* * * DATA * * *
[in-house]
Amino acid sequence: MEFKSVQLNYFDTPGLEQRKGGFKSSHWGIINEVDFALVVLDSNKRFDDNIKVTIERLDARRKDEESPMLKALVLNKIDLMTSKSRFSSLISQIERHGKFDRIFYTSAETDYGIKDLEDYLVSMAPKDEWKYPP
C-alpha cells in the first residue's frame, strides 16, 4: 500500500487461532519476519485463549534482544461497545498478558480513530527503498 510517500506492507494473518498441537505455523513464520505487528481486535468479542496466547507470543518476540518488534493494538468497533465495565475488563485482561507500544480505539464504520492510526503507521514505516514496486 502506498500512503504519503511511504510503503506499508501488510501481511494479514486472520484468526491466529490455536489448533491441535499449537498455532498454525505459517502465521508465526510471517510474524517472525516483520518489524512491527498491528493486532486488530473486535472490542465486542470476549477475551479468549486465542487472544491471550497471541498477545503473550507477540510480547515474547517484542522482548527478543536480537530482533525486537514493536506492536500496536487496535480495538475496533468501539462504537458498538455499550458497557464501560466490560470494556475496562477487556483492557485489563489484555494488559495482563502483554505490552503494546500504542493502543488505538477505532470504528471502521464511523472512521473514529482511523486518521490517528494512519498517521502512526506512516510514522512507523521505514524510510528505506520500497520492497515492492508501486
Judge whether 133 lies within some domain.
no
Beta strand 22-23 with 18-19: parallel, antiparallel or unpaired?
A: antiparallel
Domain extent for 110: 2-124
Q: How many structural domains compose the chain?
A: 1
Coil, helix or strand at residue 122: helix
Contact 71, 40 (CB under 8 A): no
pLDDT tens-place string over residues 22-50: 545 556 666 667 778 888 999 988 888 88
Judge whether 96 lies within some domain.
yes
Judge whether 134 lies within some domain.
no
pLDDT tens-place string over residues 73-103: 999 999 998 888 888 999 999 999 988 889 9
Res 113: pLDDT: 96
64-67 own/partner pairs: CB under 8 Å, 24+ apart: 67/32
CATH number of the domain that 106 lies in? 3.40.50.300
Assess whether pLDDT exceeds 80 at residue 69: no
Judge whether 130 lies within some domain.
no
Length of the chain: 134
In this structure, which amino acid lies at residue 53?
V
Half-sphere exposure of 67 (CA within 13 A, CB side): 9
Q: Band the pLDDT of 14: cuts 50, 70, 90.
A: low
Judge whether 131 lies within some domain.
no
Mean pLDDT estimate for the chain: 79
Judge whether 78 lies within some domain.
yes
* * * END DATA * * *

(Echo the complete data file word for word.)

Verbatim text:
[in-house]
Amino acid sequence: MEFKSVQLNYFDTPGLEQRKGGFKSSHWGIINEVDFALVVLDSNKRFDDNIKVTIERLDARRKDEESPMLKALVLNKIDLMTSKSRFSSLISQIERHGKFDRIFYTSAETDYGIKDLEDYLVSMAPKDEWKYPP
C-alpha cells in the first residue's frame, strides 16, 4: 500500500487461532519476519485463549534482544461497545498478558480513530527503498 510517500506492507494473518498441537505455523513464520505487528481486535468479542496466547507470543518476540518488534493494538468497533465495565475488563485482561507500544480505539464504520492510526503507521514505516514496486 502506498500512503504519503511511504510503503506499508501488510501481511494479514486472520484468526491466529490455536489448533491441535499449537498455532498454525505459517502465521508465526510471517510474524517472525516483520518489524512491527498491528493486532486488530473486535472490542465486542470476549477475551479468549486465542487472544491471550497471541498477545503473550507477540510480547515474547517484542522482548527478543536480537530482533525486537514493536506492536500496536487496535480495538475496533468501539462504537458498538455499550458497557464501560466490560470494556475496562477487556483492557485489563489484555494488559495482563502483554505490552503494546500504542493502543488505538477505532470504528471502521464511523472512521473514529482511523486518521490517528494512519498517521502512526506512516510514522512507523521505514524510510528505506520500497520492497515492492508501486
Judge whether 133 lies within some domain.
no
Beta strand 22-23 with 18-19: parallel, antiparallel or unpaired?
A: antiparallel
Domain extent for 110: 2-124
Q: How many structural domains compose the chain?
A: 1
Coil, helix or strand at residue 122: helix
Contact 71, 40 (CB under 8 A): no
pLDDT tens-place string over residues 22-50: 545 556 666 667 778 888 999 988 888 88
Judge whether 96 lies within some domain.
yes
Judge whether 134 lies within some domain.
no
pLDDT tens-place string over residues 73-103: 999 999 998 888 888 999 999 999 988 889 9
Res 113: pLDDT: 96
64-67 own/partner pairs: CB under 8 Å, 24+ apart: 67/32
CATH number of the domain that 106 lies in? 3.40.50.300
Assess whether pLDDT exceeds 80 at residue 69: no
Judge whether 130 lies within some domain.
no
Length of the chain: 134
In this structure, which amino acid lies at residue 53?
V
Half-sphere exposure of 67 (CA within 13 A, CB side): 9
Q: Band the pLDDT of 14: cuts 50, 70, 90.
A: low
Judge whether 131 lies within some domain.
no
Mean pLDDT estimate for the chain: 79
Judge whether 78 lies within some domain.
yes